Albert Henn, 70; AIDS worker in Africa killed in Kenya Airways crash

From Times Wire Reports

Dr. Albert Henn, 70, a public health official who was working on AIDS projects in Africa, was one of 114 people killed when a Kenya Airways jet crashed in Cameroon on May 5.

Henn, a former lecturer at the Harvard School of Public Health, and his wife, Kristan Schoultz, had lived in Africa for the last 20 years, working for healthcare and international development agencies.

Henn directed Kenya-based Liverpool VCT, which provides AIDS treatment and testing. Schoultz is the resident coordinator for the United Nations Development Program in Botswana.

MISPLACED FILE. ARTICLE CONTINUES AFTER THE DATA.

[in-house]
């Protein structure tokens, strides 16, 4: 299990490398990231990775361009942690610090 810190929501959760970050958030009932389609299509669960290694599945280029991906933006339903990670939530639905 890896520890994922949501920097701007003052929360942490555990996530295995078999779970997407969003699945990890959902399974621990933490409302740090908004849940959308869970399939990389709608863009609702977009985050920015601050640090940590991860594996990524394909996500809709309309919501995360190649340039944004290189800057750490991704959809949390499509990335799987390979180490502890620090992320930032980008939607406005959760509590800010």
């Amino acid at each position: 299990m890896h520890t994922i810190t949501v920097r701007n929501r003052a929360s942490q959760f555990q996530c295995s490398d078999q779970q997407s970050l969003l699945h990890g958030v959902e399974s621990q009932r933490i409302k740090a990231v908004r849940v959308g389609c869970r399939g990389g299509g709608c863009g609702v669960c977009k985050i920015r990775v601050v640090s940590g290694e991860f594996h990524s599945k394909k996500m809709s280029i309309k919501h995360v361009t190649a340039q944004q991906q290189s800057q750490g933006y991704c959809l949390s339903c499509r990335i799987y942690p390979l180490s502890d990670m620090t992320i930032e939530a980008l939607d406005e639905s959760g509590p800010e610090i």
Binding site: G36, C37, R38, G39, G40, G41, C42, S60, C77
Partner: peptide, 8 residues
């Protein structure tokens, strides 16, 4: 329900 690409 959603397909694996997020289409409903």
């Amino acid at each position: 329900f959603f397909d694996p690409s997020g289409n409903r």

Most recently, the two lived in different countries but visited each other often, Schoultz's father, Ture Schoultz, told the Press-Register in Mobile, Ala.

Schoultz said the two had taken many posts over the last 20 years, furthering AIDS education and prevention, improving hospitals and assisting with economic development.

According to the Boston Globe, Henn was a Peace Corps medical officer in Togo in 1968 before working for the U.S. Agency for International Development. He joined Harvard in 1983.

He worked in Egypt and Niger on medical projects after leaving Harvard.

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